DALLAS TWP. — Tuesday’s Dallas School District teachers’ strike will be followed by a Wednesday court hearing after a judge ordered them back to work.
The district’s lawyer also hopes that hearing could lead to court oversight of what has been a bitter and protracted contract negotiation process, something the union requested in a motion of its own.
“The board is in complete support of it,” school board attorney Vito DeLuca said, adding that the move would require a set number of negotiation sessions per week until a contract was reached. “I think that’s a positive step.”
Union president Michael Cherinka was not able to be reached for comment on the order.
Also Tuesday, the district announced the last day of school would be moved from June 28 to June 29.
Members of the Dallas Education Association carried signs that said ‘DEA on strike’ as well as ‘Dallas School Board Work With Us, Enough is Enough’ Tuesday morning as they walked along the district’s campus perimeter along Conyngham Avenue and Hildebrandt Road.
The strike followed a heated school board meeting Monday, at which board members passed a $38.6 million budget for the 2018-19 school year, but not the union’s latest contract proposal.
As they picketed, state Secretary of Education Pedro Rivera on Tuesday filed a court petition asking a judge to send the educators back to work, since anything more than a one-day strike would prevent students from receiving the full 180 days of instruction by June 30, as required by law.
State law says teachers can strike two times a year as long as the first strike ends in time to complete 180 school days by June 15. A second strike must end in time to complete 180 days by June 30.
Cherinka previously told a reporter that the strike was only expected to last one day for this reason.
Still, Luzerne County Judge William H. Amesbury ordered the teachers back to work on Wednesday, and set a hearing for 2 p.m. Wednesday on the matter.
Amesbury’s order came as no surprise to DeLuca, who called it “standard operating procedure.”
But, DeLuca added, it also technically qualifies the district for mandatory non-binding arbitration, something the teachers’ union had refused in the past.
DeLuca did express hope regarding another motion filed in court Tuesday, in which the Dallas Education Association filed to have court supervised negotiation.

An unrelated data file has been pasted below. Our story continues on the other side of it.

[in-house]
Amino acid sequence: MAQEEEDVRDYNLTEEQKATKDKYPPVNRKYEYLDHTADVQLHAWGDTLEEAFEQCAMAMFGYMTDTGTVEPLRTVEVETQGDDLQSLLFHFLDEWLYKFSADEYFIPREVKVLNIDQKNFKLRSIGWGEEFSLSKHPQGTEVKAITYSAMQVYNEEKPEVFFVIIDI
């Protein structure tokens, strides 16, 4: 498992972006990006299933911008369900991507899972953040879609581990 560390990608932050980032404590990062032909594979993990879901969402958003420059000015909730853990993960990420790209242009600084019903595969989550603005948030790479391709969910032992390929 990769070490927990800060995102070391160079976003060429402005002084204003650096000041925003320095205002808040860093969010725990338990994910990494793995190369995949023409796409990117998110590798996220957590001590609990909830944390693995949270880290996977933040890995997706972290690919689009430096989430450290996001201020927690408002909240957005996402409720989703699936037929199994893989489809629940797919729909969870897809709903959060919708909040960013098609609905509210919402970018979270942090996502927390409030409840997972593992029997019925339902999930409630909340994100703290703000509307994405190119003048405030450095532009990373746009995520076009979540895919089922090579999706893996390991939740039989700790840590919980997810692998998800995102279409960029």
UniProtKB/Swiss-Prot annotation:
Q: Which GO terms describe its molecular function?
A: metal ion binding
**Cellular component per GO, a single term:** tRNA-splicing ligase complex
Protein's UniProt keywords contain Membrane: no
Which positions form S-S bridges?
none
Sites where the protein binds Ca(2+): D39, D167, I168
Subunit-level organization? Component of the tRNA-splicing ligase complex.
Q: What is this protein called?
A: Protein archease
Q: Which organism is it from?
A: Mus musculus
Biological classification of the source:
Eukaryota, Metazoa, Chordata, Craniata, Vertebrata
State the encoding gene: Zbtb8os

On June 13, the Dallas Education Association emailed the “olive branch” offer to Dallas School District Superintendent Thomas Duffy with a stipulation that it is accepted “as is” or the teachers would strike, Mark McDade, the union’s chief negotiator said.
“Our offer is representative of prior district offers,” McDade said. “It is disingenuous of them to say they can’t afford it.”
The union’s proposal offered health care contributions, a two-year wage freeze and early retirement incentives, Cherinka said.
Monday night, District Business Manager Grant Palfey compared of the union’s June 13 offer against the district’s May 29 offer, which revealed some similarities and some differences.
Under the district’s proposal the current average salary is $62,076 for a Dallas teacher, which remains the same with the union’s offer, Palfey said.
However, the average salary for the 2018-19 school year would be $67,505 under the district’s offer, he said. The union’s proposal shows the average wage would increase to $77,087, Palfey said.
The district’s offer had a two percent average salary increase, but the union’s proposal calls for a six percent increase, he said.
Health care contributions varied, according to Palfey. Under the district’s proposal, health care contributions were estimated to be $1,923, he said. But, the union’s offer contributions were $634, Palfey said.
Teachers went on strike in November 2016 for 22 days and in September 2017 for seven days.
The next negotiation meeting is scheduled for Wednesday, June 20, McDade said.
“The teachers’ goal of the strike is to raise the level of debate on the contract,” McDade said.
Reach Eileen Godin at 570-991-6387 or on Twitter @TLNews.